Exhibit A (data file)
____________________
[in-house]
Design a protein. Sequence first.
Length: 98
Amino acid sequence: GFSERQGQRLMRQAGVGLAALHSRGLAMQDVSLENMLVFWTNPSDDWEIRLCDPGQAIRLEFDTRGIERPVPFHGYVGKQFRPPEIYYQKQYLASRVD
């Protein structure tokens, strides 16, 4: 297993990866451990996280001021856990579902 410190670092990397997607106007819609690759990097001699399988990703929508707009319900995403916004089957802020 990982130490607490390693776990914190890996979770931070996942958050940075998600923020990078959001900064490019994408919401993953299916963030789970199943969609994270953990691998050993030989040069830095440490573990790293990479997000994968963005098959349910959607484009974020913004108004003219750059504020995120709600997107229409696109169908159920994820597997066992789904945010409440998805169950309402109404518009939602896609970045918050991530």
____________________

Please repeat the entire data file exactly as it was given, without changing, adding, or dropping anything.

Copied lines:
[in-house]
Design a protein. Sequence first.
Length: 98
Amino acid sequence: GFSERQGQRLMRQAGVGLAALHSRGLAMQDVSLENMLVFWTNPSDDWEIRLCDPGQAIRLEFDTRGIERPVPFHGYVGKQFRPPEIYYQKQYLASRVD
């Protein structure tokens, strides 16, 4: 297993990866451990996280001021856990579902 410190670092990397997607106007819609690759990097001699399988990703929508707009319900995403916004089957802020 990982130490607490390693776990914190890996979770931070996942958050940075998600923020990078959001900064490019994408919401993953299916963030789970199943969609994270953990691998050993030989040069830095440490573990790293990479997000994968963005098959349910959607484009974020913004108004003219750059504020995120709600997107229409696109169908159920994820597997066992789904945010409440998805169950309402109404518009939602896609970045918050991530």